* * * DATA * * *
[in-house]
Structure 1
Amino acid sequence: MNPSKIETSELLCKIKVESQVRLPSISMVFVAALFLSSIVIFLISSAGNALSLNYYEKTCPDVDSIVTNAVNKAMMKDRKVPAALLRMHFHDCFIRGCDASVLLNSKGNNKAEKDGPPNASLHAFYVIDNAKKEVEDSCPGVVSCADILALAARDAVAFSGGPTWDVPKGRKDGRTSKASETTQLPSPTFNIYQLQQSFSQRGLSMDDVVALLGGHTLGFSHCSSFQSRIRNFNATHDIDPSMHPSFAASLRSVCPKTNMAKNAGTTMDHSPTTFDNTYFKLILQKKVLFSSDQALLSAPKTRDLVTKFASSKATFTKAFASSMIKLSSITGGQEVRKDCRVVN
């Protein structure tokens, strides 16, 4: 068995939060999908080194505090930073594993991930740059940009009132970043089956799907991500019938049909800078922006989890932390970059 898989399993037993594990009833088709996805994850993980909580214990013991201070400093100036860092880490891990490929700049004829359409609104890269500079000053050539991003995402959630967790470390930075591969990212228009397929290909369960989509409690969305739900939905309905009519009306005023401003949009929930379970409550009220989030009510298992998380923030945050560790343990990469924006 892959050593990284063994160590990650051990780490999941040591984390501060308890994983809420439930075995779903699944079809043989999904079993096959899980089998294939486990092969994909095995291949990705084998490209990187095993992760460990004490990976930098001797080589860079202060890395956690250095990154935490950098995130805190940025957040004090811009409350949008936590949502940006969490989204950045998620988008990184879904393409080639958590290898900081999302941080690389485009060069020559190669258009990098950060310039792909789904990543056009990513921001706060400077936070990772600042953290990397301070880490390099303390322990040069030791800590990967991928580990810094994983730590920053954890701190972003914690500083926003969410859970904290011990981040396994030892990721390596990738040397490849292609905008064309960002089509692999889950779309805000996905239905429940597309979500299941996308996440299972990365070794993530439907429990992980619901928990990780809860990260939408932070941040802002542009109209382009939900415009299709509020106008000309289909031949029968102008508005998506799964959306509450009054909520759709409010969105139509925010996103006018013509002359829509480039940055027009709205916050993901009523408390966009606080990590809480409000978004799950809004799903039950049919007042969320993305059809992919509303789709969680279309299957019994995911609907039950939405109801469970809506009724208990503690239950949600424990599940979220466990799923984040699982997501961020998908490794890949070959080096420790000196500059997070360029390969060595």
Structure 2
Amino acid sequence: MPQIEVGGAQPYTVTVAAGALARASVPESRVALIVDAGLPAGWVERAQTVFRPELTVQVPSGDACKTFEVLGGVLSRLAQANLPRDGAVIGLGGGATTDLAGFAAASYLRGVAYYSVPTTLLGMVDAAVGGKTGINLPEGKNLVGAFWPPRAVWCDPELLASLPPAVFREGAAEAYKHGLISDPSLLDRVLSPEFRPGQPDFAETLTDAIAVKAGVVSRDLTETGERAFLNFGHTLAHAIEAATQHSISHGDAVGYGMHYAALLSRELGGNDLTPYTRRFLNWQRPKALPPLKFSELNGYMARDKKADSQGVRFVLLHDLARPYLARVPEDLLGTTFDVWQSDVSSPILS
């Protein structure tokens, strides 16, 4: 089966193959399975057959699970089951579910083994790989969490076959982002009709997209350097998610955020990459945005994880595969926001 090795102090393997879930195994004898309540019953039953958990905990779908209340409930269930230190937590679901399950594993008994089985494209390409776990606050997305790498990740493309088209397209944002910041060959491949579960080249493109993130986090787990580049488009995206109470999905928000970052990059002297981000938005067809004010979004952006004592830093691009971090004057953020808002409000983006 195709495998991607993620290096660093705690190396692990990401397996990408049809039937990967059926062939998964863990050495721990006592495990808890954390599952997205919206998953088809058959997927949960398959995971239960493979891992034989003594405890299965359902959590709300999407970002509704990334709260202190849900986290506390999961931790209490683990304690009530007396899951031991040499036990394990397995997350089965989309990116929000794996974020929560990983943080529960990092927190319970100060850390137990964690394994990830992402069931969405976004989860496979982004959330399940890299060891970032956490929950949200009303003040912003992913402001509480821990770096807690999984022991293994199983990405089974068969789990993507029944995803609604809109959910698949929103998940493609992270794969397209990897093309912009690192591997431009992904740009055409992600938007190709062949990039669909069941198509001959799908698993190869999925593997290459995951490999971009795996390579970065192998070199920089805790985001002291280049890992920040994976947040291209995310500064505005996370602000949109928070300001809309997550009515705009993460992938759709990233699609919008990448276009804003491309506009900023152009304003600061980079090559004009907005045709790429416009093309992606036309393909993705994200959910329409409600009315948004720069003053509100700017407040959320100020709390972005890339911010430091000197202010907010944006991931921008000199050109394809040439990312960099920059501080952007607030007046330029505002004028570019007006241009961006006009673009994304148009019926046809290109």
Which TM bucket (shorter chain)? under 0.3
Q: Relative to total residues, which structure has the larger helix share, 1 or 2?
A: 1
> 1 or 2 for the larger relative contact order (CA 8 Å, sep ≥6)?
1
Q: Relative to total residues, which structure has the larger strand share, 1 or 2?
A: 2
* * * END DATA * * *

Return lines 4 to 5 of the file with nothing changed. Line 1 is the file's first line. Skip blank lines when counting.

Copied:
């Protein structure tokens, strides 16, 4: 068995939060999908080194505090930073594993991930740059940009009132970043089956799907991500019938049909800078922006989890932390970059 898989399993037993594990009833088709996805994850993980909580214990013991201070400093100036860092880490891990490929700049004829359409609104890269500079000053050539991003995402959630967790470390930075591969990212228009397929290909369960989509409690969305739900939905309905009519009306005023401003949009929930379970409550009220989030009510298992998380923030945050560790343990990469924006 892959050593990284063994160590990650051990780490999941040591984390501060308890994983809420439930075995779903699944079809043989999904079993096959899980089998294939486990092969994909095995291949990705084998490209990187095993992760460990004490990976930098001797080589860079202060890395956690250095990154935490950098995130805190940025957040004090811009409350949008936590949502940006969490989204950045998620988008990184879904393409080639958590290898900081999302941080690389485009060069020559190669258009990098950060310039792909789904990543056009990513921001706060400077936070990772600042953290990397301070880490390099303390322990040069030791800590990967991928580990810094994983730590920053954890701190972003914690500083926003969410859970904290011990981040396994030892990721390596990738040397490849292609905008064309960002089509692999889950779309805000996905239905429940597309979500299941996308996440299972990365070794993530439907429990992980619901928990990780809860990260939408932070941040802002542009109209382009939900415009299709509020106008000309289909031949029968102008508005998506799964959306509450009054909520759709409010969105139509925010996103006018013509002359829509480039940055027009709205916050993901009523408390966009606080990590809480409000978004799950809004799903039950049919007042969320993305059809992919509303789709969680279309299957019994995911609907039950939405109801469970809506009724208990503690239950949600424990599940979220466990799923984040699982997501961020998908490794890949070959080096420790000196500059997070360029390969060595």
Structure 2